Rather than focusing on good works in and of themselves, we must see that true good works are those works that God carried out through us.  A priest is a man yielded to the infinite grace, compassion and power of God.  He ministers not out of self-will, but out of selfless devotion to the All-Merciful Savior.  A priest does not do the things he wants to do, but he instead does those things God guides him to do out of obedience.

To accept the Holy Priesthood is to renounce the selfish aspect of the self and its vainglorious desires, ambitions and goals.  Thus, the priest becomes ‘poor in spirit,’ humbling himself before God as one without such things.  A self-confident priest is a dead priest, one convinced of his own opinions and correctness, who cannot receive life-saving correction and guidance.  The priest who is confident in himself is self oriented, and will eventually fall.

We have seen just this year, throughout the Archdiocese, brother clergy who have fallen into the trap of self-deception and self-indulgence.  Their broken minds have led to broken ministries.  Each of us must realize that we are not pure enough to rely on our own consciences to guide us, nor can we even rely on ourselves to pick a good father confessor and to be honest enough with him to receive any help.

If I sound harsh, it is because I do not wish to lose any more of my priests to the spiritual delusion that has infected so many.  Those men we have lost knew all of the teachings of the Church and the admonishments of the Holy Fathers, and yet all these gifts did them no good.  They used their intellectual knowledge to shield their consciences from the truth of their hearts, and thus their hearts led them astray while their minds convinced them of their righteousness.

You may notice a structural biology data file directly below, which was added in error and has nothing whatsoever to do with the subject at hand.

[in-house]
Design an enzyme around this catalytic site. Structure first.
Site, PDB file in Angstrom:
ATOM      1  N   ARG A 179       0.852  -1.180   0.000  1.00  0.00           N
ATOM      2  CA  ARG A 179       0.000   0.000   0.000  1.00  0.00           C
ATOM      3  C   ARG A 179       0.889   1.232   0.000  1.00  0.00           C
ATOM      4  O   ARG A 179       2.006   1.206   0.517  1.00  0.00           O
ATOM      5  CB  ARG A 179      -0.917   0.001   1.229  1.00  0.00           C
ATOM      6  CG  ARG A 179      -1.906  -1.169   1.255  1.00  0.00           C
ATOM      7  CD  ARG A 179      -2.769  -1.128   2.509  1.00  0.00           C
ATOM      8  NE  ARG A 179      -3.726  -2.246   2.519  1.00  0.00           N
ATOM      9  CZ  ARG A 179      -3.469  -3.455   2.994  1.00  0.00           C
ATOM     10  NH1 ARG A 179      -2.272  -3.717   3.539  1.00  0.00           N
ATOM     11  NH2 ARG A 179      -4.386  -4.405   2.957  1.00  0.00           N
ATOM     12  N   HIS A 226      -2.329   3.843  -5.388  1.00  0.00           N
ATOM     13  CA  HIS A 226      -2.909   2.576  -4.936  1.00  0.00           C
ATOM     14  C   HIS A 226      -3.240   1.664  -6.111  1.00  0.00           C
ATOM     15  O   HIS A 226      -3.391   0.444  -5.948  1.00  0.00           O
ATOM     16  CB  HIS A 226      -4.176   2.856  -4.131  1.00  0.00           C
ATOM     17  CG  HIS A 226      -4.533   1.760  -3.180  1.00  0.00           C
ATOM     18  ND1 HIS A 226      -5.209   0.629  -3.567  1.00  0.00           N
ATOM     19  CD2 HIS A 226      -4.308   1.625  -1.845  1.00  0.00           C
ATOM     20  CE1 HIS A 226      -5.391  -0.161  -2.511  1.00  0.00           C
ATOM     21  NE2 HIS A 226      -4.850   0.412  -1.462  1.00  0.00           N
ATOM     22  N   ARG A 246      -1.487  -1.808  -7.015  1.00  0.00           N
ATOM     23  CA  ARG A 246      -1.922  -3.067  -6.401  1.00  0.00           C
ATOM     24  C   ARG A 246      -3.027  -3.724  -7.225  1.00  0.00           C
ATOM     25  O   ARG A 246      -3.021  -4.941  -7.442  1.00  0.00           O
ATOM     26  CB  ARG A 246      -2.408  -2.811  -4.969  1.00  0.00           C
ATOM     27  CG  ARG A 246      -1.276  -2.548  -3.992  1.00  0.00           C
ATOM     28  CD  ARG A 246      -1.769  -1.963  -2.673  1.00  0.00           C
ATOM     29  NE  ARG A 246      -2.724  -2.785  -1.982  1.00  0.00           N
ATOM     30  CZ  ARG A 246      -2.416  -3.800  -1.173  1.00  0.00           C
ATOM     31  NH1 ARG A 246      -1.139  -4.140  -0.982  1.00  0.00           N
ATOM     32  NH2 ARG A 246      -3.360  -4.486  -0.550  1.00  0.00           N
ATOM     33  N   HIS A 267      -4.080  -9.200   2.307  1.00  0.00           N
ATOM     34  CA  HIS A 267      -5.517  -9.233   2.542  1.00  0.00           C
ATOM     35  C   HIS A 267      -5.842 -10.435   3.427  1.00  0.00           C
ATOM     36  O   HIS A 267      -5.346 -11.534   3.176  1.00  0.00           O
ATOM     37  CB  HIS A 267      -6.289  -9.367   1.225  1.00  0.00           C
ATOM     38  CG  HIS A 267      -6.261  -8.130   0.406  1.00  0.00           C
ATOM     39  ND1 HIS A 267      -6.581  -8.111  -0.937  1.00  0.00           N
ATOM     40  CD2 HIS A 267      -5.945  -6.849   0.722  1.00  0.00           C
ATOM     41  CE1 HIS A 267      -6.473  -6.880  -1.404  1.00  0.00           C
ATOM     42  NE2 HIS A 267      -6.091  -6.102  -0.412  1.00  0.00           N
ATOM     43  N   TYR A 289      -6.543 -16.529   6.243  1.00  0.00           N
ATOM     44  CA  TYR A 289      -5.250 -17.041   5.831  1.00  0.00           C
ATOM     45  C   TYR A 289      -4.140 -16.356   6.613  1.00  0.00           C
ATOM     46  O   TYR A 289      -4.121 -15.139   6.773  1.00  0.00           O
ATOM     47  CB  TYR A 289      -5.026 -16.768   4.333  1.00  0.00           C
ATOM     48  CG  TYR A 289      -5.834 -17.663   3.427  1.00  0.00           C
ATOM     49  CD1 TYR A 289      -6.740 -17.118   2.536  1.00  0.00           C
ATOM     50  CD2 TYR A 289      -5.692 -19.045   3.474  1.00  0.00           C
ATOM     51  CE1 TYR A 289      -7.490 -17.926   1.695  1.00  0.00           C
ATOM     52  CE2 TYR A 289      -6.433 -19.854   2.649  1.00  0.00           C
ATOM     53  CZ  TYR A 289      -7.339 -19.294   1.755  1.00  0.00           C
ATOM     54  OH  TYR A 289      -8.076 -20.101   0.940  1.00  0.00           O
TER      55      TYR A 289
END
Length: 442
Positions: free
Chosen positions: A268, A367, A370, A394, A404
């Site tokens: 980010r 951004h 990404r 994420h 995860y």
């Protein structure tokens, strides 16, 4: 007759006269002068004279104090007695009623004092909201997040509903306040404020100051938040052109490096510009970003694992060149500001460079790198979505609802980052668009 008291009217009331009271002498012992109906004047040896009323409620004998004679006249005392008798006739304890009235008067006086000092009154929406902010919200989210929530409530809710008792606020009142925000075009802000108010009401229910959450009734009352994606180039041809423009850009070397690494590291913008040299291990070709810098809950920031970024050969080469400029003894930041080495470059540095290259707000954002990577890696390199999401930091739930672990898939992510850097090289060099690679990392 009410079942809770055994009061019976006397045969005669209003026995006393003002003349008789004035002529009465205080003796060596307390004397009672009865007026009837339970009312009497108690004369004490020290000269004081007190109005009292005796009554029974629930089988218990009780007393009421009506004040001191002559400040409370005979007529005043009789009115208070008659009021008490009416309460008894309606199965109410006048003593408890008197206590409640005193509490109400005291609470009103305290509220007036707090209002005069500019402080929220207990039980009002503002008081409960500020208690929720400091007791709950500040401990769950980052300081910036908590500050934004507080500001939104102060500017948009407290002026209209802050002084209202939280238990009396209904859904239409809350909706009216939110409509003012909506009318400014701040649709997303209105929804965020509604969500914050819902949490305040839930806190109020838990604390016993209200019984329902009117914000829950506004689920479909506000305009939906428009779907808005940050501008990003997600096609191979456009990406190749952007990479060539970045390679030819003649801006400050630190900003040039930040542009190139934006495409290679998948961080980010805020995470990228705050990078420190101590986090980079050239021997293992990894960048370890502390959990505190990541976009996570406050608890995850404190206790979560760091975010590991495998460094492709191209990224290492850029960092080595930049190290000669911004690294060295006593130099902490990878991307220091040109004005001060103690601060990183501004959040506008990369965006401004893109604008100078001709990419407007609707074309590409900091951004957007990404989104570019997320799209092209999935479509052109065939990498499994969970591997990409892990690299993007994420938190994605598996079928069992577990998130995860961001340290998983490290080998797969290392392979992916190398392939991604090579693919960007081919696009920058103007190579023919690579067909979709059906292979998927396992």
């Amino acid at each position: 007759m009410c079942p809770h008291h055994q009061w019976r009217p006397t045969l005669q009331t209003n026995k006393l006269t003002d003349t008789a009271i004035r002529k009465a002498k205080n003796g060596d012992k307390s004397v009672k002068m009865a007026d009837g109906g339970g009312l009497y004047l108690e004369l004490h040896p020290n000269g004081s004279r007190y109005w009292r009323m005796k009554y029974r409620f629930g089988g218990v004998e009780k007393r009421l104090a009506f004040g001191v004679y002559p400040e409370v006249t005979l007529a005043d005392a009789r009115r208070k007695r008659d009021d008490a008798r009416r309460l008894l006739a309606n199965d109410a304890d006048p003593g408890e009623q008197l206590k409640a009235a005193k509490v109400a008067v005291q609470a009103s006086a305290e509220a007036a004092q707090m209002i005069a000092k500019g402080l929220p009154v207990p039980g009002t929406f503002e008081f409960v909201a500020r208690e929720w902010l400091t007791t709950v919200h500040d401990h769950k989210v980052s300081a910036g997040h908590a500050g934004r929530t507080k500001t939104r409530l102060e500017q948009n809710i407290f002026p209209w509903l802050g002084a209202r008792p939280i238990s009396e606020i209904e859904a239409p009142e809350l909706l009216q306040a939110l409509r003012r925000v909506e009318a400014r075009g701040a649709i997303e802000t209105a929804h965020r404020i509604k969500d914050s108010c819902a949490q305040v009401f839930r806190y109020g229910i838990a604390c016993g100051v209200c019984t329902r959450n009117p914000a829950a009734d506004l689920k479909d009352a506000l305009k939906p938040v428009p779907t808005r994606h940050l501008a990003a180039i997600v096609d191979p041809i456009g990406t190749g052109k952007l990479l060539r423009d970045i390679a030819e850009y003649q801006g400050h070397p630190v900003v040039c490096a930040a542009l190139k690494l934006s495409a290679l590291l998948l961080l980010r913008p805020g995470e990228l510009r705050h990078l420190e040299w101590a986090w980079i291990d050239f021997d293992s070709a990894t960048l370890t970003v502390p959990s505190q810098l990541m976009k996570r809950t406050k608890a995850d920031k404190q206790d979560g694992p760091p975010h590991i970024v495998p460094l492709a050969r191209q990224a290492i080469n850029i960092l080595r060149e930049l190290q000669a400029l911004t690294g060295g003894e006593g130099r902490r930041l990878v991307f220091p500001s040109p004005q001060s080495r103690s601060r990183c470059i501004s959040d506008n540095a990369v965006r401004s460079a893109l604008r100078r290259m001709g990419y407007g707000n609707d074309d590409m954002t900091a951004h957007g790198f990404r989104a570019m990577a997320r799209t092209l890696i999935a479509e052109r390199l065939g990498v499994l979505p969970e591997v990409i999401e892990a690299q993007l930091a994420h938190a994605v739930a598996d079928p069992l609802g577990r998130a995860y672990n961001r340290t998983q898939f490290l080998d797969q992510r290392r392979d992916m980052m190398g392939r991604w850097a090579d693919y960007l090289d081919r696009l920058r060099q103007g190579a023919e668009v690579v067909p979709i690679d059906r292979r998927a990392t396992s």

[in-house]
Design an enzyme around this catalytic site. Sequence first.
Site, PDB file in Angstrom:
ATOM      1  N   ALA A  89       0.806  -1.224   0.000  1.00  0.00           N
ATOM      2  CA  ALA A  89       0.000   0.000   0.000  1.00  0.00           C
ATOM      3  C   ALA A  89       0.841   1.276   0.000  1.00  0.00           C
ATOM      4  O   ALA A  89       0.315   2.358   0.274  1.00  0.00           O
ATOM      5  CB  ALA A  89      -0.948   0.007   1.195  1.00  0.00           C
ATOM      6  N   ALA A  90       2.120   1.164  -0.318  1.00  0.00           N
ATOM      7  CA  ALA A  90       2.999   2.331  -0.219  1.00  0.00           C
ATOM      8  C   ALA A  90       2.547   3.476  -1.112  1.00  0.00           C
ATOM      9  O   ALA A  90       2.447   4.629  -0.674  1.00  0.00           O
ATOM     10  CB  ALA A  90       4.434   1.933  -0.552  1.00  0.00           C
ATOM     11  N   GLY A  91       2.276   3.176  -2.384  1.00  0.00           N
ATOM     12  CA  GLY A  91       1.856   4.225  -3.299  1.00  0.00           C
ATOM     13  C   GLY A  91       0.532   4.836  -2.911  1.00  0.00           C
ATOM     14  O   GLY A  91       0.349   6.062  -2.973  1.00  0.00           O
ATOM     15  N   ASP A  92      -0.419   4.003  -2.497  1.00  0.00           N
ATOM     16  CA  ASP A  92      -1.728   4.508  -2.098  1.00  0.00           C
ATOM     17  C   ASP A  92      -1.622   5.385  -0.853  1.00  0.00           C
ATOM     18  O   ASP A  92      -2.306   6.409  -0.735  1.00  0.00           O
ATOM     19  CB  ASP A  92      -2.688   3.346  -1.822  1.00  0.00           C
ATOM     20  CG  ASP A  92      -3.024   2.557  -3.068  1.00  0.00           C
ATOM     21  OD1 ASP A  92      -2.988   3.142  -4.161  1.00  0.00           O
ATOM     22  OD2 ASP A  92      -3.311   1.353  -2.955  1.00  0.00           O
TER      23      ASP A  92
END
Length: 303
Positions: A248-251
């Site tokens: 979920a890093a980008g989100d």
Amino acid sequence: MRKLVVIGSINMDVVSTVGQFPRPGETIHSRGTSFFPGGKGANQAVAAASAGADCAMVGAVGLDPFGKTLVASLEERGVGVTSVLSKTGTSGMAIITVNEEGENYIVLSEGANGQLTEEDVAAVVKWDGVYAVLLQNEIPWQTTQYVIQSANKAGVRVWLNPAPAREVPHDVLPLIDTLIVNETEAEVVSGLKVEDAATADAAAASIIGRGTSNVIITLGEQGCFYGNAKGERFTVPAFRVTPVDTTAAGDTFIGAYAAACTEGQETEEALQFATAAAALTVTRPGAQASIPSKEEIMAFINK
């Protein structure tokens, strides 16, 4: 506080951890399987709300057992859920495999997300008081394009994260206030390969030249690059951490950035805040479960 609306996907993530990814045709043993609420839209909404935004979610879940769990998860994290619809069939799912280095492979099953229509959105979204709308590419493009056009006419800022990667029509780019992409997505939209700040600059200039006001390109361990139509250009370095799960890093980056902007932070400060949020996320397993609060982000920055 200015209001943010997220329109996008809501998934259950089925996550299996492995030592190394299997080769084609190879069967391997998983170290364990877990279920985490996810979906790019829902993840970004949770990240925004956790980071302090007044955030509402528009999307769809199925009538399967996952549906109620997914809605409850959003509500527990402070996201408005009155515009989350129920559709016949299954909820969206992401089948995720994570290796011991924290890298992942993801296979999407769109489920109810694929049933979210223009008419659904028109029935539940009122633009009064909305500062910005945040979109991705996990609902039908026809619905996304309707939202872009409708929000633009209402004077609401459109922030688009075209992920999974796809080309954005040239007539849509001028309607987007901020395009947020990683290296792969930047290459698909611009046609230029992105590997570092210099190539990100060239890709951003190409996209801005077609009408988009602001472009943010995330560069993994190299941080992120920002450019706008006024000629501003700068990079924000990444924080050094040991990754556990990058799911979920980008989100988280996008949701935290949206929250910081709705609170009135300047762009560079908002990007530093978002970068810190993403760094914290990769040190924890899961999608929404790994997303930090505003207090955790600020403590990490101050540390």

You would prefer a quote from a Holy Father at this moment, but I will not give you one.  I will only give you my quote, and it is that I love you and desire all of us to be together in the Heavenly Kingdom.

I am not self-confident, but I have confidence that God will protect us from our own sins and mistakes if we empty ourselves of pride and self-opinion.  Brothers, let us join together and repent of our sins and the sins of our brothers.  Let us weep and mourn, and through our tears, wash away the stains of our sins which have soiled our ministries.